A year on from the UK’s exit from the EU, financial markets across UK and Europe have remained relatively healthy, and trading has continued across all asset classes without any major disruptions. Back in April last year, we reported on how firms were navigating the post-Brexit trading landscape, focusing on the preparations that trading venues and market participants had made in the run-up to the transition, and how things stood at that point.
In this article, we look at how have things played out since then, particularly from a trading infrastructure perspective, and what the future may hold.
An evolving landscape
It’s probably fair to say that the impact of Brexit on the financial markets has been less disruptive than many had feared. It’s true that Amsterdam quickly overtook London to become the dominant location for share trading, as volumes in Euro-denominated shares switched to the Dutch capital, where Euronext has an office and Cboe Global Markets (the former Bats) and London Stock Exchange Group’s (LSEG) Turquoise chose to locate their post-Brexit operations.
But predictions of mass relocations of operations and staff to the continent have proved wide of the mark. In fact, according to recent data from EY, many of the largest investment banks operating out of the UK have now revised downwards the number of staff relocations to continental Europe. The current number of Brexit-related job moves stands at just under 7,400 according to EY, far less than the tens – or hundreds – of thousands that some were envisaging.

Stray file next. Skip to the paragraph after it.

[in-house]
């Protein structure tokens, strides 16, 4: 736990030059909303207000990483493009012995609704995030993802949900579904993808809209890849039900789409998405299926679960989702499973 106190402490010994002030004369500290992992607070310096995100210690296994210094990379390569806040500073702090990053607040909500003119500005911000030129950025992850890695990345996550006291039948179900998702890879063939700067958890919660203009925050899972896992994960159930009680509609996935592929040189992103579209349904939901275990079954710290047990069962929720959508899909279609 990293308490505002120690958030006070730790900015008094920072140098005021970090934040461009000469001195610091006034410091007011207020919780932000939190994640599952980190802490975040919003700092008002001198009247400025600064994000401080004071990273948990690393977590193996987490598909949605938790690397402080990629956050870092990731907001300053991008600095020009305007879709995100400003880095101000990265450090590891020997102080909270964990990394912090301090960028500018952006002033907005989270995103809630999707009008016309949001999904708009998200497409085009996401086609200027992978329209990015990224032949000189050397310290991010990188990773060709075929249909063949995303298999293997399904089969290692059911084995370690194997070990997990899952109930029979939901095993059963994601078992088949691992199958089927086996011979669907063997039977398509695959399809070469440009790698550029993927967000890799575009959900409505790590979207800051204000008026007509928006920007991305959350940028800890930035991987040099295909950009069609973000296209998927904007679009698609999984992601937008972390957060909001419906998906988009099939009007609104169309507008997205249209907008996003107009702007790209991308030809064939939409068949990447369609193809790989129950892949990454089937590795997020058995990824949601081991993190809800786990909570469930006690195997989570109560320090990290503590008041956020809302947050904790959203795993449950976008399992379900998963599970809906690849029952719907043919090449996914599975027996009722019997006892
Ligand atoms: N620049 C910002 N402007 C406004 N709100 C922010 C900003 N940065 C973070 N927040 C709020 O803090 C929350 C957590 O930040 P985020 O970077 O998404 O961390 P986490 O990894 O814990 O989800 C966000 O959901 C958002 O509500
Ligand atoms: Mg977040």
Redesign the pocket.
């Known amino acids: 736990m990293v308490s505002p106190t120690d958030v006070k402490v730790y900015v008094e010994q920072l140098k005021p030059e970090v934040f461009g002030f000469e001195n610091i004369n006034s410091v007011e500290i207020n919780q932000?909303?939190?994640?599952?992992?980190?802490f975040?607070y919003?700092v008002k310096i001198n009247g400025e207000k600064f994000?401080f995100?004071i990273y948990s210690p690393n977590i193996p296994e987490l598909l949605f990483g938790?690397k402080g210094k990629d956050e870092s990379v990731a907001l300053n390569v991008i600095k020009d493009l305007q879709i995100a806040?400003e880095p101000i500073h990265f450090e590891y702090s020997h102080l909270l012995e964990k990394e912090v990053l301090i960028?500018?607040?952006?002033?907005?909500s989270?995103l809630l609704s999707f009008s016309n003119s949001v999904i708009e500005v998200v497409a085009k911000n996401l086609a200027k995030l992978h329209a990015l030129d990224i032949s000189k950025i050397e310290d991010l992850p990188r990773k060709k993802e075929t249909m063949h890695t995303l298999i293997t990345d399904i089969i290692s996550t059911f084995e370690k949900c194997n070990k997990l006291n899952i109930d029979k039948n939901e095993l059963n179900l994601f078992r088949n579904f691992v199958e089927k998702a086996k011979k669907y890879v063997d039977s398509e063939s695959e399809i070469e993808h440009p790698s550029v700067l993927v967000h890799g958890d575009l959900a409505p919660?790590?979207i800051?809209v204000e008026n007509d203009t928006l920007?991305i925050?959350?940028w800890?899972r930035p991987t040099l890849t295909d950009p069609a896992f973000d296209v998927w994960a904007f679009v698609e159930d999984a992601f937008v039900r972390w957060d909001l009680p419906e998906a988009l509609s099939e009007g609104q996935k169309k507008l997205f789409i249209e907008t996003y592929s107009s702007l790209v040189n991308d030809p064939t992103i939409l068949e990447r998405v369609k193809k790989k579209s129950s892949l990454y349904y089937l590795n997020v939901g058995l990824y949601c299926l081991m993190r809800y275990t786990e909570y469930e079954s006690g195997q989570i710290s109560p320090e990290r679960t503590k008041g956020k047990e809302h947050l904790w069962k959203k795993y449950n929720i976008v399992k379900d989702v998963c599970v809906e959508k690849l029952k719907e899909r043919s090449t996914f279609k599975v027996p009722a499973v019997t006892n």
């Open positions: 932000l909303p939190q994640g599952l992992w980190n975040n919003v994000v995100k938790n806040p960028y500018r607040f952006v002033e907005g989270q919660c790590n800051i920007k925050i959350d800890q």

However, it’s clear that the shifts are ongoing. “Post-Brexit, Amsterdam was the notable winner for equities and we’ve seen different segments in the market ecosystem gravitate to other locations,” says Emma Wheeler, Chief Commercial Officer at Pico, a provider of trading technology, data and analytics managed services. “Large banks’ sales and trading departments and some quant hedge funds have moved to Paris, investment funds to Dublin and Luxembourg, etc. This theme has also played out across venues, too, creating a fragmented market landscape which has presented opportunities and challenges for trading technology and connectivity.”
It’s likely that more relocations will take place in the coming months and years, particularly once COVID travel restrictions are lifted. And one of the key questions that UK financial institutions face is whether to opt for branch or subsidiary status in EU. To date, rather than setting up full subsidiaries, many firms have opted to create branch offices, allowing them to establish a European presence without the burdensome regulatory and tax implications of operating a subsidiary in the region.
“We’ve seen lots of new branches being set up on the European mainland including Frankfurt, Paris, and Amsterdam, as well as Dublin, over the past few years, to comply with regulations,” says Yousaf Hafeez, Head of Business Development at BT Radianz. “But we’ve yet to see anyone moving their technology en masse to mainland Europe due to Brexit.”